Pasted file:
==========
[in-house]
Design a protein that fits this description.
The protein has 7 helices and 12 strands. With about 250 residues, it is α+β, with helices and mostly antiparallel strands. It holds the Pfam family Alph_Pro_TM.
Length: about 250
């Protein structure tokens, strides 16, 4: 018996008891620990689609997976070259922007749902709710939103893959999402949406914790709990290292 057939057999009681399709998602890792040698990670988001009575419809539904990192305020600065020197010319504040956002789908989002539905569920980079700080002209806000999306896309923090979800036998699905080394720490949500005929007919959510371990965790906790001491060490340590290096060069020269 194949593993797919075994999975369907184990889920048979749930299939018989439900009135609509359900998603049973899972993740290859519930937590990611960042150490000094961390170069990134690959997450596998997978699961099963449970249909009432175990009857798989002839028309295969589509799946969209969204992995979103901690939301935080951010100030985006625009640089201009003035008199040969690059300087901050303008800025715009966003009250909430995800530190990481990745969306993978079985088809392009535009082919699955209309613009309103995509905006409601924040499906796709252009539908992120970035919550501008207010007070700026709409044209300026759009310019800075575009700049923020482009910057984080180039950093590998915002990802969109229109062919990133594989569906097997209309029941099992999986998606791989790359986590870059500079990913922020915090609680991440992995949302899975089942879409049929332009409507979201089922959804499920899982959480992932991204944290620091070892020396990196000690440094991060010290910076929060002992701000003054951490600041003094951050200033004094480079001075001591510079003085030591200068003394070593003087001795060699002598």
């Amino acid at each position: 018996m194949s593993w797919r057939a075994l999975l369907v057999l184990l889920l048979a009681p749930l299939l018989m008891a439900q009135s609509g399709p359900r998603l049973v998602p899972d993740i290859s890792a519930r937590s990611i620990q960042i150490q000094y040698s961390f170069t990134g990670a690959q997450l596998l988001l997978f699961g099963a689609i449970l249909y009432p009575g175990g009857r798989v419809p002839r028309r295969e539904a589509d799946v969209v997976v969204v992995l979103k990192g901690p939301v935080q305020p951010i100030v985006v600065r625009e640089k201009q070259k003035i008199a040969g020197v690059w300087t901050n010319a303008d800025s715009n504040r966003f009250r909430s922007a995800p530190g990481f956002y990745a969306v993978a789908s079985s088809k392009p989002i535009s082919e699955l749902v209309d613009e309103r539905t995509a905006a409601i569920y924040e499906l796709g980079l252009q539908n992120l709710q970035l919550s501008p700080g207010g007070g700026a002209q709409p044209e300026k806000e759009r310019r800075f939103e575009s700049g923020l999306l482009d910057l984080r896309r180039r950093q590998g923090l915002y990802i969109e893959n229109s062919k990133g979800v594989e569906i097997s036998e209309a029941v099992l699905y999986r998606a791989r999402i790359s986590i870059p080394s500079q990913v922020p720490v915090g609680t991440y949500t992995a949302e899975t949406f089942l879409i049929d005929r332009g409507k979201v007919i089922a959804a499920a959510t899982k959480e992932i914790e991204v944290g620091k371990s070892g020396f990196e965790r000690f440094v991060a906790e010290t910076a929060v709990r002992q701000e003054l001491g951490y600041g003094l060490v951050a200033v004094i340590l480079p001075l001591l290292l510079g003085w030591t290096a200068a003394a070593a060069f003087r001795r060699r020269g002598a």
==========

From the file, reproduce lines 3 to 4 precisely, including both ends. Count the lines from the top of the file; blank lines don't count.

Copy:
The protein has 7 helices and 12 strands. With about 250 residues, it is α+β, with helices and mostly antiparallel strands. It holds the Pfam family Alph_Pro_TM.
Length: about 250